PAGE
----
Friday, May 14, 2004

The Real Oil Problem

Newest BonoboLand Post - The Long Process of Salvaging Capitalism

Edward, we must take the other side of the argument into perspective also as posted by Marcelo. MIT economist M.A.Adelman has recently published in the current issue of Regulation just the opposite of Erdman's views. Now, which of these two views is correct, I have been unable to determine. There are hundreds of professional views on each side of this important issue. Whether it be Paul Krugman, or futures markets, etc., all these can be false signals of the psychology of the marketplace. I just don't know a way of determining the true answer, until the price goes through the roof. Any comment Chris?


M. A. Adelman is professor of economics emeritus at the Massachusetts Institute of Technology. He is the author of several books, including The Economics of Petroleum Supply: Selected Papers 1962–1993 (Cambridge, Mass.: MIT Press, 1993) and The Genie Out of the Bottle: World Oil Since 1970 (Cambridge, Mass.: MIT Press, 1995). More recently, he published “World Oil Production and Prices 1947-2000” in the Quarterly Review of Economics and Finance (Vol. 42).

Oil is not the first fossil fuel that conventional wisdom has identified as nearing exhaustion. Even before 1800, the worry
in Europe was that coal — the supposed foundation of their greatness — would run out. European production actually did
peak in 1913, and is nearly negligible today. Is that the result of exhaustion? Hardly — there are billions of tons in the
ground in Europe. But it would cost too much for the Europeans to dig it out. At a price that would cover cost, there is
no demand. Hence, the billions of tons of European coal are worthless and untouched. The amount of a mineral that is in
the ground has no meaning apart from its cost of extraction and the demand for it.

In 1875, John Strong Newberry, the chief geologist of the state of Ohio, predicted that the supply of oil would soon run out. The alarm has been sounded repeatedly in the many decades since. In 1973, State Department analyst James Akins, then the chief U.S. policymaker on oil, published “The Oil Crisis: This time the wolf is here,” in which he called for more domestic production and for improved relations with oil-producing nations in the Middle East. In 1979, President Jimmy Carter, echoing a CIA assessment, said that oil wells “were drying up all over the world.” Just last year, the New York Times reported that “oil reserves are expected to dwindle in the decades ahead,” while the International Energy Agency fore-according to “conventional wisdom,” humanity’s need for oil cannot be met and a gap will soon emerge between demand and supply. That gap will broaden as the economies of Europe, Japan, and several emerging nations grow and increase their energy needs. The United States is at the mercy of Middle Eastern exporters who can use the “oil weapon” to cripple the U.S. economy. Unless we increase domestic oil production radically or cut consumption, or nations like Russia quickly exploit recently discovered oil fields, the United States will find itself in an oil crisis.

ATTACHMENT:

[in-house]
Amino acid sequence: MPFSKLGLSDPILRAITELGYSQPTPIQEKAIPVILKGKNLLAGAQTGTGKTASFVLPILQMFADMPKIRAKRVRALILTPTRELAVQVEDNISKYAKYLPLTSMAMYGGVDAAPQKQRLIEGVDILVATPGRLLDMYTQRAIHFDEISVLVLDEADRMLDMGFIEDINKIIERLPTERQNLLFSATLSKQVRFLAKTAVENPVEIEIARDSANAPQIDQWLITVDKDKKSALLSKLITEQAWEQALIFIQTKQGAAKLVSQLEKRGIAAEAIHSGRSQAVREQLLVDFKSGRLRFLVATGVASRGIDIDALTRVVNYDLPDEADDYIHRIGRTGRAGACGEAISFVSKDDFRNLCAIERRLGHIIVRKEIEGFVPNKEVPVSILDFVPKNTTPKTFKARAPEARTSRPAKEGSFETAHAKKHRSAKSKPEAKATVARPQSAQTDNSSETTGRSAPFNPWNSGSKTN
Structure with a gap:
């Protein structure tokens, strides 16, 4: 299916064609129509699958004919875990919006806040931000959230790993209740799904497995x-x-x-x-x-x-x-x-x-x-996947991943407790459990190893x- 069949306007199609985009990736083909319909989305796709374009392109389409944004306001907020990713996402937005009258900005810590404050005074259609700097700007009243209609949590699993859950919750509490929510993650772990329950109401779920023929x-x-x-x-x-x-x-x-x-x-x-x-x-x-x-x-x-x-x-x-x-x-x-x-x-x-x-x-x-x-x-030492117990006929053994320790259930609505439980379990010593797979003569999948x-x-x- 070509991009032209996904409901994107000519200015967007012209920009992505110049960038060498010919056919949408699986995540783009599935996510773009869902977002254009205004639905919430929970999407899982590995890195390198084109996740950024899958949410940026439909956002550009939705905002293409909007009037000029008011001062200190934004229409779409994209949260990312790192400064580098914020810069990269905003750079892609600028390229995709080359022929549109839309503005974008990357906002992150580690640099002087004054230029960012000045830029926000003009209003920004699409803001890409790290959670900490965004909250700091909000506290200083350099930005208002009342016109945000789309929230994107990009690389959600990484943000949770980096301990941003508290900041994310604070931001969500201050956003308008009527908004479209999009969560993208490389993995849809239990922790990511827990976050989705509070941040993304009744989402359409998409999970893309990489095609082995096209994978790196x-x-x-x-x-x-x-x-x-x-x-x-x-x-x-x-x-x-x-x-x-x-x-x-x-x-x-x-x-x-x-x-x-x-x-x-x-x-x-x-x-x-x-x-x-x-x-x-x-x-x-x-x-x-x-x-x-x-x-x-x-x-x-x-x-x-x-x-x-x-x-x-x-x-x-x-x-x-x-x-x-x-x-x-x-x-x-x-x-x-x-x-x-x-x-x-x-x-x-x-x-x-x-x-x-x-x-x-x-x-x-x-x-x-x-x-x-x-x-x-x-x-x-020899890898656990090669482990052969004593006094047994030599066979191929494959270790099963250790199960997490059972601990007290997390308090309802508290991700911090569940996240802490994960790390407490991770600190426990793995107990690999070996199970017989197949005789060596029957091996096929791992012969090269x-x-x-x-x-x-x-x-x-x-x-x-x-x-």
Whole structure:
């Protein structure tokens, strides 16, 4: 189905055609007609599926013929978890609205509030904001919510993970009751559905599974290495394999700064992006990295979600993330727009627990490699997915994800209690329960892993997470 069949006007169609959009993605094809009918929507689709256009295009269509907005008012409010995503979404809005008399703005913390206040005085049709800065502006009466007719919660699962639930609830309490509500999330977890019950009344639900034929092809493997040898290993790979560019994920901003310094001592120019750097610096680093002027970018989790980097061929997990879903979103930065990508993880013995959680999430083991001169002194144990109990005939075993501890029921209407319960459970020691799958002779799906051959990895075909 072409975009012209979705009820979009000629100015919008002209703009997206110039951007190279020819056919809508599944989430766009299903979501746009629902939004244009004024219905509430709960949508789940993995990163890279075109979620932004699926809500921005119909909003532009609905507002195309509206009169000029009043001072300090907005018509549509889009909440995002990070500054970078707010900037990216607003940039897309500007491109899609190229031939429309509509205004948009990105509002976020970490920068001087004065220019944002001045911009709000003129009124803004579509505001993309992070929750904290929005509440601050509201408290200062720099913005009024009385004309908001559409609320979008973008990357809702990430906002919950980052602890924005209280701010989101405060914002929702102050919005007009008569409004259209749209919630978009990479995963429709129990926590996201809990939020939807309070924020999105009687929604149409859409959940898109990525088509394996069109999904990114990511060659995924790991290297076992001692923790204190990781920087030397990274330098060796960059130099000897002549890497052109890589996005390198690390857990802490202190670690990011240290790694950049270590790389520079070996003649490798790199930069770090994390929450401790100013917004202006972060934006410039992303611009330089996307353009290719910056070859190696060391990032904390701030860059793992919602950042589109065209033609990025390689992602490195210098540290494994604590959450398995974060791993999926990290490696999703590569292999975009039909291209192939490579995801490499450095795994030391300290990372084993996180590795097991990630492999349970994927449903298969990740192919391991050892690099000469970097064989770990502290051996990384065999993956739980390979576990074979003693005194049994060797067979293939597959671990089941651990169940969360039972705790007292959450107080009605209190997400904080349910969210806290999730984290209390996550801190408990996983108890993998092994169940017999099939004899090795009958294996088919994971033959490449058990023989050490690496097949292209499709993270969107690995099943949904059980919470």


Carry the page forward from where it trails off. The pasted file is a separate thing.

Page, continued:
But conventional wisdom “knows” many things that are not true. There is not, and never has been, an oil crisis or gap. Oil
reserves are not dwindling. The Middle East does not have and has never had any “oil weapon.” How fast Russian oil output
grows is of minor but real interest. How much goes to the United States or Europe or Japan — or anywhere else, for that matter
— is of no interest because it has no effect on prices we pay nor on the security of supply. ...Link
And continue following the argument: BonoboLand

No comments: